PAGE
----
Record Details

Snyder, Gregory K;Nestler, James R;Shapiro, Joseph I;Huntley, James
Intracellular pH in lizards after hypercapnia
American Journal of Physiology (Regulatory, Integrative and Comparative Physiology)
1995
Journal Article
268
4
R889-R895
Dipsosaurus dorsalis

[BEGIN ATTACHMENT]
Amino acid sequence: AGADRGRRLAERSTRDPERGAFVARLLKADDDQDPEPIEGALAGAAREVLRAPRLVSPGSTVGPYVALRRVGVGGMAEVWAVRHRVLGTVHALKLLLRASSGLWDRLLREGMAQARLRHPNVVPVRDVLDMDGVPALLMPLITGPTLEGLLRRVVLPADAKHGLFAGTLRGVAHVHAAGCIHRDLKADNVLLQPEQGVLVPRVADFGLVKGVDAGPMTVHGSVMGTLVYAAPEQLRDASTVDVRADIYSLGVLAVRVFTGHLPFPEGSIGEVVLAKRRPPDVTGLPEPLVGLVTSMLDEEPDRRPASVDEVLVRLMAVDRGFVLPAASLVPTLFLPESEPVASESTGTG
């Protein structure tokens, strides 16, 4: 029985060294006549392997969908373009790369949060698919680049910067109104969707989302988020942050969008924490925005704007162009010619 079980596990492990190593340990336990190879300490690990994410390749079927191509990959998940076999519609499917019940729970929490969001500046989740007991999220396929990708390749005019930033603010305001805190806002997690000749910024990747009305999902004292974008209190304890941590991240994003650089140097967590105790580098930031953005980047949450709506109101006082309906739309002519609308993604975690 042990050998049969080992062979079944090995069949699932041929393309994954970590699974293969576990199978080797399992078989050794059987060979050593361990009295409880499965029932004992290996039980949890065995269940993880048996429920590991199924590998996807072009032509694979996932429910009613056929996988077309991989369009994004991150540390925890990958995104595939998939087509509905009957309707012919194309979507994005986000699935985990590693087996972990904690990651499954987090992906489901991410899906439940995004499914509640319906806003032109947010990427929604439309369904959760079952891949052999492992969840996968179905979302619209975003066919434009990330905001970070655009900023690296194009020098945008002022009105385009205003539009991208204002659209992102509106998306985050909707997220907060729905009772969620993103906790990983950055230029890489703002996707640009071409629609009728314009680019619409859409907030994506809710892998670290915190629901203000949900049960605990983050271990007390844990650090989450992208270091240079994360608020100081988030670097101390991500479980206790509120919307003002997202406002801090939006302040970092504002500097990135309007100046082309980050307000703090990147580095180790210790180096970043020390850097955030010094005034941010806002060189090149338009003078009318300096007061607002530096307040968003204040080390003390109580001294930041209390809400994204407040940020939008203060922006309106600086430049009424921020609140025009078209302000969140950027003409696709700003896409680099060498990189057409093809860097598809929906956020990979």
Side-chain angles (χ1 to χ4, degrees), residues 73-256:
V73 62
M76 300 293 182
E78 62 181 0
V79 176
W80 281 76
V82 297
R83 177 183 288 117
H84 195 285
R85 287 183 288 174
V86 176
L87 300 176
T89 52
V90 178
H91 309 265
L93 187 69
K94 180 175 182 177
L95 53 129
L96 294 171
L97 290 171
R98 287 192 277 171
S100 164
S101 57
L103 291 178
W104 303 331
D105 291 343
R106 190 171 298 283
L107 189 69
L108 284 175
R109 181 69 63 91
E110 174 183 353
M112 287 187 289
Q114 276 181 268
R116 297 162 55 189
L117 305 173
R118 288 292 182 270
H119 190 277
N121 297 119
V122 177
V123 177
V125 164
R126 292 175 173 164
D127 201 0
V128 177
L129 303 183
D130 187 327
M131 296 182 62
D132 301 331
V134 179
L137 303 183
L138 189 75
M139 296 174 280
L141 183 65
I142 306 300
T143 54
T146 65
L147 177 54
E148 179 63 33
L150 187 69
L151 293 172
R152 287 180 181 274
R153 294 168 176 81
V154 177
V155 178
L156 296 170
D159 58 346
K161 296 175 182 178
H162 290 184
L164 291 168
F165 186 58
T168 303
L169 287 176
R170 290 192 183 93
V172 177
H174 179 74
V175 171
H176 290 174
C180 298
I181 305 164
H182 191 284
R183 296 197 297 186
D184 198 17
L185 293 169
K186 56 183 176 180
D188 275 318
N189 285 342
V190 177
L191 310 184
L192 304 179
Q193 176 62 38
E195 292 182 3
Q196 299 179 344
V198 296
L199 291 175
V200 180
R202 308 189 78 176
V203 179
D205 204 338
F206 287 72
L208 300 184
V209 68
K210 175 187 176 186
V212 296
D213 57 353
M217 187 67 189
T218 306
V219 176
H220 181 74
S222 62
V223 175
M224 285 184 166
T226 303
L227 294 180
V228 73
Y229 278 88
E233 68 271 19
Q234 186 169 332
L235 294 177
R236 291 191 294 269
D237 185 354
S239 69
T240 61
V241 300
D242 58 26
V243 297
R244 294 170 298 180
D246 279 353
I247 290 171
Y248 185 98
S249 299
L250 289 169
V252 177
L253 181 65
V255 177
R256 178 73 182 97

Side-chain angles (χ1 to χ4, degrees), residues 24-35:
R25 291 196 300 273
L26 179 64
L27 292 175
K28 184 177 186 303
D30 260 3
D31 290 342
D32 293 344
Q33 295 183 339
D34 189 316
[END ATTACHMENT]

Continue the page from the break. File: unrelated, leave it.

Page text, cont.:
We used the transmembrane distribution of 5,5-[2-14C]dimethyloxazolidine-2,4-dione ([14C]DMO) and 31P magnetic resonance spectroscopy (NMR) to investigate the effects of hypercapnia on intracellular pH (pHi) in brain and skeletal muscle of two lizard species: Anolis equestris and Dipsosaurus dorsalis. In control animals (normocapnic), plasma PCO2 (3.3 +/- 0.1 kPa) and plasma pH (7.52 +/- 0.01) for D. dorsalis were not significantly different from the values for A. equestris (2.8 +/- 0.2 kPa and 7.59 +/- 0.02, respectively). Furthermore 60 min of 5% CO2 increased plasma PCO2 and decreased plasma pH by the same amounts in both species. Brain pHi values determined with the DMO method were not significantly different from values determined with NMR. Control values of brain pHi (DMO, 7.16 +/- 0.01; NMR, 7.11 +/- 0.02) and muscle pHi were significantly higher for D. dorsalis (DMO, 7.15 +/- 0.03) than for A. equestris (DMO, 6.99 +/- 0.03; NMR, 7.02 +/- 0.02 for brain; DMO, 6.97 +/- 0.03 for muscle). In addition, changes in tissue pHi after 60 min of 5% CO2 were significantly different for the two species. In D. dorsalis muscle and brain pHi decreased significantly after hypercapnia, whereas in A. equestris muscle pHi decreased significantly but brain pHi was unchanged. Our findings were independent of the methods used to determine pHi. The smaller change in brain and muscle pHi than in plasma pH for A. equestris is consistent with the view that pHi regulation involves active processes such as transmembrane ion transport. However, our findings of a larger change in brain and muscle pHi than in plasma pH for D. dorsalis suggest that the whole problem of pH regualtion is more complex than previously believed and that it is influenced to a large degree by the species studied.